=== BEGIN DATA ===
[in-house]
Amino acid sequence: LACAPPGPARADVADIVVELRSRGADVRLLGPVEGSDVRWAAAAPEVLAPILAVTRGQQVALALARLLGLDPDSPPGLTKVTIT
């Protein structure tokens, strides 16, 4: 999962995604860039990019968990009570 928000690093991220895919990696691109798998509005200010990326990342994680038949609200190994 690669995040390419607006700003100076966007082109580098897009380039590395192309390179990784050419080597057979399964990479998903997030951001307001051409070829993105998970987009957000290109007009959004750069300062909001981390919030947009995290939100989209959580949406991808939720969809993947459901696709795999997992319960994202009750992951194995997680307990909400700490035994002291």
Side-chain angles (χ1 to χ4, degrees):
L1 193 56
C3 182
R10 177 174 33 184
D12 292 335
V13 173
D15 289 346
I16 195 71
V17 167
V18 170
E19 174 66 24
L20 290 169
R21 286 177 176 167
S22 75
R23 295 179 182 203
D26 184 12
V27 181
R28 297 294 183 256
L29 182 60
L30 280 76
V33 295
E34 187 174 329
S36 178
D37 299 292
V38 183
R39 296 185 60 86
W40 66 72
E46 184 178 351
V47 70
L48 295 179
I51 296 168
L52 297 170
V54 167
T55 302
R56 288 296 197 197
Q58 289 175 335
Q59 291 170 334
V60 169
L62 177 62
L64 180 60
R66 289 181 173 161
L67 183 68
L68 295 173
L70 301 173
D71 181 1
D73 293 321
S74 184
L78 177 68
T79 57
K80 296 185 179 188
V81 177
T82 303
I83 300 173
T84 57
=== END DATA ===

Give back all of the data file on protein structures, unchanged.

[in-house]
Amino acid sequence: LACAPPGPARADVADIVVELRSRGADVRLLGPVEGSDVRWAAAAPEVLAPILAVTRGQQVALALARLLGLDPDSPPGLTKVTIT
């Protein structure tokens, strides 16, 4: 999962995604860039990019968990009570 928000690093991220895919990696691109798998509005200010990326990342994680038949609200190994 690669995040390419607006700003100076966007082109580098897009380039590395192309390179990784050419080597057979399964990479998903997030951001307001051409070829993105998970987009957000290109007009959004750069300062909001981390919030947009995290939100989209959580949406991808939720969809993947459901696709795999997992319960994202009750992951194995997680307990909400700490035994002291």
Side-chain angles (χ1 to χ4, degrees):
L1 193 56
C3 182
R10 177 174 33 184
D12 292 335
V13 173
D15 289 346
I16 195 71
V17 167
V18 170
E19 174 66 24
L20 290 169
R21 286 177 176 167
S22 75
R23 295 179 182 203
D26 184 12
V27 181
R28 297 294 183 256
L29 182 60
L30 280 76
V33 295
E34 187 174 329
S36 178
D37 299 292
V38 183
R39 296 185 60 86
W40 66 72
E46 184 178 351
V47 70
L48 295 179
I51 296 168
L52 297 170
V54 167
T55 302
R56 288 296 197 197
Q58 289 175 335
Q59 291 170 334
V60 169
L62 177 62
L64 180 60
R66 289 181 173 161
L67 183 68
L68 295 173
L70 301 173
D71 181 1
D73 293 321
S74 184
L78 177 68
T79 57
K80 296 185 179 188
V81 177
T82 303
I83 300 173
T84 57